I’m a fan of a relaxed Paleo diet- if calorie tracking doesn’t work for you a four day on three day off ‘paleoish’ diet can be a good way of managing calories without counting.
When people start Paleo for the first time the most common question asked is …
Can I … [insert hack here]
Can I have almond milk in coffee?
Can I have nut butters?
Can I have fruit and nut based bars?
My answer is always well technically if you were to follow Paleo strictly no, but as we are looking at a Paleo based way of eating then yes if it makes you happy and enjoy your food.
Essentially you have two choices when you elect to do a method of eating such as this.
Either do it as it is prescribed.
Or roughly follow it but add in a few of your own rules.
Neither is the right or wrong way (and there are so many variations in between).
The choice on how you approach it depends on what you want from your diet.
If you’re doing two weeks of Paleo to kick start a bit of fat loss, well to be honest the more strict you are with the bigger results you’ll see. And yes, you might really crave pancakes for breakfast for two weeks, but it is just two weeks so just abstaining for fourteen days won’t kill you.
On the other hand if you’re doing two weeks of Paleo to just re-set some habits or if you’re planning on doing Paleo as a longer term way of eating then having a few ‘adjustments’ to the rules might well serve you better.
Equally if you know you won’t last two weeks without a few tweaks there is not point setting yourself up for failure by not making those tweaks. 80% is always going to be more effective than 100% saint for ten minutes before giving up will be!
Hopefully by now you know there’s no right or wrong way of eating – the way that suits you won’t suit everyone else, so it stands to reason that the decision of how closely you stick to something also needs to be personal to you.
Social media is awash these days with judgement over food. I’m in one particular group where people defend their way of eating (Keto, IM Fasting, plant based) with zeal and lament anyone who doesn’t do the same as them or doesn’t follow that particular diet in exactly the same way as them (who doesn’t love a they’re doing it wrong post). Don’t get me wrong there are times when I see things and think OK- perhaps you’re over complicating this or hmmm, I think you’re looking in the wrong place for the problem here; but actually if it suits them and makes them happy and isn’t a diet of cyanide that is going to kill them then it’s none of my business. You can offer educated advice but you have no out and out right to be heard.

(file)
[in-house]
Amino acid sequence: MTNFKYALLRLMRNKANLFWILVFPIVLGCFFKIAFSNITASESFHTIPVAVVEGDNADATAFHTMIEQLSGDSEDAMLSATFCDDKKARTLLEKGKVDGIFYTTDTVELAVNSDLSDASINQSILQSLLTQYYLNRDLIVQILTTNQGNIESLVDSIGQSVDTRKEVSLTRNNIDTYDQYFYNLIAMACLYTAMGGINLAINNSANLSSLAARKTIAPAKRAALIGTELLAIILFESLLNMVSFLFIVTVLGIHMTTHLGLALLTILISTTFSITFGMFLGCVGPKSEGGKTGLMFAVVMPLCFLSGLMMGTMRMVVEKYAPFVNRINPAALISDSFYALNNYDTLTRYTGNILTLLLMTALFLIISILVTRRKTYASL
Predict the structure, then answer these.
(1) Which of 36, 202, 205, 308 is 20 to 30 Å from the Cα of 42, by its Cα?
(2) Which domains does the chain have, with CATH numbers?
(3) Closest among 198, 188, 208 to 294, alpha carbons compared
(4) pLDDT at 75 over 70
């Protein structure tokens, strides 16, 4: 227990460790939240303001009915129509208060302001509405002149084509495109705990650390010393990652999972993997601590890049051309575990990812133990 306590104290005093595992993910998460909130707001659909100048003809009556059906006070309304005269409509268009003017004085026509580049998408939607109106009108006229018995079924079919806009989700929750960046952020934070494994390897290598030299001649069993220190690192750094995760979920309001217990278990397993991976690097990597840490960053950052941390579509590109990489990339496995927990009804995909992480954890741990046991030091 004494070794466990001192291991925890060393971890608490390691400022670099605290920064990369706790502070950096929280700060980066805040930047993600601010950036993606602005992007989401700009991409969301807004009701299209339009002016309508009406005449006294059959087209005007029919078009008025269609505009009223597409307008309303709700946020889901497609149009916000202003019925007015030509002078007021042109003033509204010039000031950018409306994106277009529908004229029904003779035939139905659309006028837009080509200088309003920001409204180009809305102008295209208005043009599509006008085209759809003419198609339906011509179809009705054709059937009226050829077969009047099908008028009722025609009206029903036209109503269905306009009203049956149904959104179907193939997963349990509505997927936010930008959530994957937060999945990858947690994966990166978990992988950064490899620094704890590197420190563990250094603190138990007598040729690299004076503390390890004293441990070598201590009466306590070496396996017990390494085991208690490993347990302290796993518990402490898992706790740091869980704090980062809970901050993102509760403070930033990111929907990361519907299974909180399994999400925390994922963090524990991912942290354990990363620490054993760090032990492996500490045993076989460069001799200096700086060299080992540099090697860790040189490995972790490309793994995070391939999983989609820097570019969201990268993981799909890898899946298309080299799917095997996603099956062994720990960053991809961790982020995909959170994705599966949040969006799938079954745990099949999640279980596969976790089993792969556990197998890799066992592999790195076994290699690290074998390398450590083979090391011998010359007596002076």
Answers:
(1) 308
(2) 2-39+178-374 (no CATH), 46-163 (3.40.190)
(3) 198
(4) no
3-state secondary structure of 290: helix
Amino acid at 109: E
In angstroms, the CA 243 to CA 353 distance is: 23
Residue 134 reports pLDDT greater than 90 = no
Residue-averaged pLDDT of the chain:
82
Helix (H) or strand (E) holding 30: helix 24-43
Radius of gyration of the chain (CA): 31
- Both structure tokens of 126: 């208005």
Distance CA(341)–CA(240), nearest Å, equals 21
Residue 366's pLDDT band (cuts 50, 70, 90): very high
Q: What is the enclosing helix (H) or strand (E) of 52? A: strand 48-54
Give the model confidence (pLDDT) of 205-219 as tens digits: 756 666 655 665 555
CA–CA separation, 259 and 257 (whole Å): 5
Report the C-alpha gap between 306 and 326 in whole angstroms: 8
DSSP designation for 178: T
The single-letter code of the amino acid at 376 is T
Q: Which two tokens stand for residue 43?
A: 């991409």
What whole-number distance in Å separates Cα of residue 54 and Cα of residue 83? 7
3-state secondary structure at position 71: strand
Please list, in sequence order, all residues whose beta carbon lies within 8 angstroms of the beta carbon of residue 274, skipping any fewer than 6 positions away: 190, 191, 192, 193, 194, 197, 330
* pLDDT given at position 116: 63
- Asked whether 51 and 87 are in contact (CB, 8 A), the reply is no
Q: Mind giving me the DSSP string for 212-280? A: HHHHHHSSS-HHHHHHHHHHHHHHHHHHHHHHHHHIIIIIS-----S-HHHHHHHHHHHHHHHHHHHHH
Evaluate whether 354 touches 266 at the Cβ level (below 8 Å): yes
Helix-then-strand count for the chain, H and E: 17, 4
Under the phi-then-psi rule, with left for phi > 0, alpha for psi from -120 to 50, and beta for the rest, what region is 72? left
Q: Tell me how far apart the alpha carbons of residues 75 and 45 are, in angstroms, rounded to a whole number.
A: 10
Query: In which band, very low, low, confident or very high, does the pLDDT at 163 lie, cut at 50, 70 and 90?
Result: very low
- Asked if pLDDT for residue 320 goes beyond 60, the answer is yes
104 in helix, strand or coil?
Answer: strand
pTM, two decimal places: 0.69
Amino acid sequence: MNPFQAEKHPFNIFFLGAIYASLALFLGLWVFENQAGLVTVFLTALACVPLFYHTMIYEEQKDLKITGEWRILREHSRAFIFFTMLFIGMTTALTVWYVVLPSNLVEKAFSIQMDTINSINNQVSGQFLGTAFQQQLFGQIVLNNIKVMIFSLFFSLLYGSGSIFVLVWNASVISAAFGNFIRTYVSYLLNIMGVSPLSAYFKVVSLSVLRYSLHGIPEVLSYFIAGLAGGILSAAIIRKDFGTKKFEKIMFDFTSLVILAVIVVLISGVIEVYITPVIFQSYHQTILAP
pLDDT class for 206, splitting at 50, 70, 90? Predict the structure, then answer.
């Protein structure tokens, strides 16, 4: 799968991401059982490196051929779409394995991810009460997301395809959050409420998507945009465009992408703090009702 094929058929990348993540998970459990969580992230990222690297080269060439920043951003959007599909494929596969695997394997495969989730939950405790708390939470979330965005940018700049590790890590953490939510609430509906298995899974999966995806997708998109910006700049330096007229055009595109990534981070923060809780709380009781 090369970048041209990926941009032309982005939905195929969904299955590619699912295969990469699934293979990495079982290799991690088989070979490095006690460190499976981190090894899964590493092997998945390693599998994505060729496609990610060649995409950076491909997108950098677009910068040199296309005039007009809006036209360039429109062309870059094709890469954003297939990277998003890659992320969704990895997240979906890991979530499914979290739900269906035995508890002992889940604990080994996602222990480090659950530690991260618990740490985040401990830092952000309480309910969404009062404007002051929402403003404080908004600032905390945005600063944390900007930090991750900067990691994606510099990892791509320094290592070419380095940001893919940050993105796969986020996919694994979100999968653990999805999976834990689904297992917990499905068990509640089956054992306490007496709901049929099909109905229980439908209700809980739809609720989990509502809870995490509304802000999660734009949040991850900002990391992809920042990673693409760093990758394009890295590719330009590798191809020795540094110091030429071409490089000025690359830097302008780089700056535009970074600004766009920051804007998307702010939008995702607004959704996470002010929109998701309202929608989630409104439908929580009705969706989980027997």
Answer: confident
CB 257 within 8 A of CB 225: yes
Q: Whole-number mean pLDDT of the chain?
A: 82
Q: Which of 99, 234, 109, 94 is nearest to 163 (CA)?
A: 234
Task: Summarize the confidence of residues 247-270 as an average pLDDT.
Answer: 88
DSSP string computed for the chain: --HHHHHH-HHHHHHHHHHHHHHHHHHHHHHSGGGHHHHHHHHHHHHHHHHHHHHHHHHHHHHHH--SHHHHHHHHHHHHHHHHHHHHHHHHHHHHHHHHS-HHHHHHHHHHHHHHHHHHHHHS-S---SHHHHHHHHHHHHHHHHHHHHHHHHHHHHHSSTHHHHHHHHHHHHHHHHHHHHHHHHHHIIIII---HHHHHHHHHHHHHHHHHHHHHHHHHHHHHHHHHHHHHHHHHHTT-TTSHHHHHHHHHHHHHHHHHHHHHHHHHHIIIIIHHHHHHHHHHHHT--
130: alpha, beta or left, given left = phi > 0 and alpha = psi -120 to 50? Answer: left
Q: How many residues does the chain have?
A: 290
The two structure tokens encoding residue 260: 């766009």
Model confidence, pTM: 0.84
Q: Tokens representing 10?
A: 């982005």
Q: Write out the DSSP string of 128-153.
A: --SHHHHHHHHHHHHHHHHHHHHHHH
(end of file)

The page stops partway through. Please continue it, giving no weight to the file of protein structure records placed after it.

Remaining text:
I digress – how strict you follow a food plan should depend on your goals and how you feel.
My general rule of how to decide what’s right for you. Think about making those little adjustments – does the idea of adding a bit of flour to some pancakes for breakfast make you smile and really look forward to that meal when you wake up tomorrow or are you already feeling guilty about ‘breaking the rules’ before you’ve even done it? That normally gives you a decent idea of which way will work best for you, because if what you eat makes you feel guilty after eating it that’s not going to lead anywhere pleasant.
This outlook can be expanded beyond Paleo to any way of eating, way of training, in fact way of living.
Does what you are doing make you happy. Yes – keep doing it then. No – maybe you need to make some adjustments to change that.
Will adjusting the training plan you’ve been given make you feel like you’ve ruined your workout or will swapping those sprints out for a row make you feel 100% more successful. Depending on your answer to those questions you have your answer as to whether you should follow the ‘rules’ to the letter or not.
What kind of person are you? If you feel guilty when you bend a rule then stick to them and don’t make yourself feel guilty.
What result do you want? If you are looking to get very specific results then following a plan very precisely matters, if you are looking to feel better but have more relaxed goals then you can equally follow guidelines in a more relaxed manner.
The key is knowing yourself and knowing your goals then being honest about what you need to do, sacrifice or change and for how long to get to those goals.
Because if you want transformational results on a fitness plan but are only wanting to follow the plan 50% of the time you’re going to be disappointed, but if you know what you want isn’t as dramatic then the changes don’t have to be so dramatic either. Neither of those extremes are wrong, they are entirely personal and in reality the only person you need to be able to justify yourself to is you.
I’m not saying join a programme and don’t do it here! What I’m saying is very few of us can do everything 100% perfectly for even a short period of time (well I say very few of us , perhaps others can and I’m just trying to make myself feel better!) so knowing your own expectations of yourself, what will feel like success to you and then working to that level is the key to success.
If you have high expectations cool- but know you’re going to have to be stricter on yourself to reach them, in that case looking for the hacks and quick cheats won’t serve you. The opposite applies just as much.
Pick your stance, work to that stance and don’t be swayed by what others are or aren’t doing.